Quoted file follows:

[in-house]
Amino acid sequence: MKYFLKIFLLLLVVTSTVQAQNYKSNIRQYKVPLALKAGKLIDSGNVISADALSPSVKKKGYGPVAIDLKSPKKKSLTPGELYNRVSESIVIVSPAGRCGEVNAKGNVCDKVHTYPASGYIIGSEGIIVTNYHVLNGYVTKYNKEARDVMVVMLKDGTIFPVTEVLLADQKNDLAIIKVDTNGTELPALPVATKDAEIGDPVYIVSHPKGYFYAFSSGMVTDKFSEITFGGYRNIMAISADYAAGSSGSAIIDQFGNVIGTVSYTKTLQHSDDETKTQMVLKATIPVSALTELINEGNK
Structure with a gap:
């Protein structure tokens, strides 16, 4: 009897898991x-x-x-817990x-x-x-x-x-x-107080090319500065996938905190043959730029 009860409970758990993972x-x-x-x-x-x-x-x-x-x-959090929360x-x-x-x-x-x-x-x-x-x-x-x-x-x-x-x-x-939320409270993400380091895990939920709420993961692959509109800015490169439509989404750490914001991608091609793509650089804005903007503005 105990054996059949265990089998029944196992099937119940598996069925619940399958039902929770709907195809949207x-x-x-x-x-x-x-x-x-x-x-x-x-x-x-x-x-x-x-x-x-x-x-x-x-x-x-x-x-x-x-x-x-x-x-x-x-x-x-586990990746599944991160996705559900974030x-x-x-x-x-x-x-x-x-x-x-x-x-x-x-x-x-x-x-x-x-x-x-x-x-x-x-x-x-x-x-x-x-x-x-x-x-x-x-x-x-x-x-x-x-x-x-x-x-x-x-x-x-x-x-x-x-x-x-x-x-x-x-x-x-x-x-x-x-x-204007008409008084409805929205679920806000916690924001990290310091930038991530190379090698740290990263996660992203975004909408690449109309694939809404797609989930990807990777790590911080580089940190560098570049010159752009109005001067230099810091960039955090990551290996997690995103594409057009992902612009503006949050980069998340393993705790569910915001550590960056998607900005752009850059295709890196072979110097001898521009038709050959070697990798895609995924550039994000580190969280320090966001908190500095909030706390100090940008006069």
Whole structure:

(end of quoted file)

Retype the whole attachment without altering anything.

[in-house]
Amino acid sequence: MKYFLKIFLLLLVVTSTVQAQNYKSNIRQYKVPLALKAGKLIDSGNVISADALSPSVKKKGYGPVAIDLKSPKKKSLTPGELYNRVSESIVIVSPAGRCGEVNAKGNVCDKVHTYPASGYIIGSEGIIVTNYHVLNGYVTKYNKEARDVMVVMLKDGTIFPVTEVLLADQKNDLAIIKVDTNGTELPALPVATKDAEIGDPVYIVSHPKGYFYAFSSGMVTDKFSEITFGGYRNIMAISADYAAGSSGSAIIDQFGNVIGTVSYTKTLQHSDDETKTQMVLKATIPVSALTELINEGNK
Structure with a gap:
């Protein structure tokens, strides 16, 4: 009897898991x-x-x-817990x-x-x-x-x-x-107080090319500065996938905190043959730029 009860409970758990993972x-x-x-x-x-x-x-x-x-x-959090929360x-x-x-x-x-x-x-x-x-x-x-x-x-x-x-x-x-939320409270993400380091895990939920709420993961692959509109800015490169439509989404750490914001991608091609793509650089804005903007503005 105990054996059949265990089998029944196992099937119940598996069925619940399958039902929770709907195809949207x-x-x-x-x-x-x-x-x-x-x-x-x-x-x-x-x-x-x-x-x-x-x-x-x-x-x-x-x-x-x-x-x-x-x-x-x-x-x-586990990746599944991160996705559900974030x-x-x-x-x-x-x-x-x-x-x-x-x-x-x-x-x-x-x-x-x-x-x-x-x-x-x-x-x-x-x-x-x-x-x-x-x-x-x-x-x-x-x-x-x-x-x-x-x-x-x-x-x-x-x-x-x-x-x-x-x-x-x-x-x-x-x-x-x-x-204007008409008084409805929205679920806000916690924001990290310091930038991530190379090698740290990263996660992203975004909408690449109309694939809404797609989930990807990777790590911080580089940190560098570049010159752009109005001067230099810091960039955090990551290996997690995103594409057009992902612009503006949050980069998340393993705790569910915001550590960056998607900005752009850059295709890196072979110097001898521009038709050959070697990798895609995924550039994000580190969280320090966001908190500095909030706390100090940008006069």
Whole structure: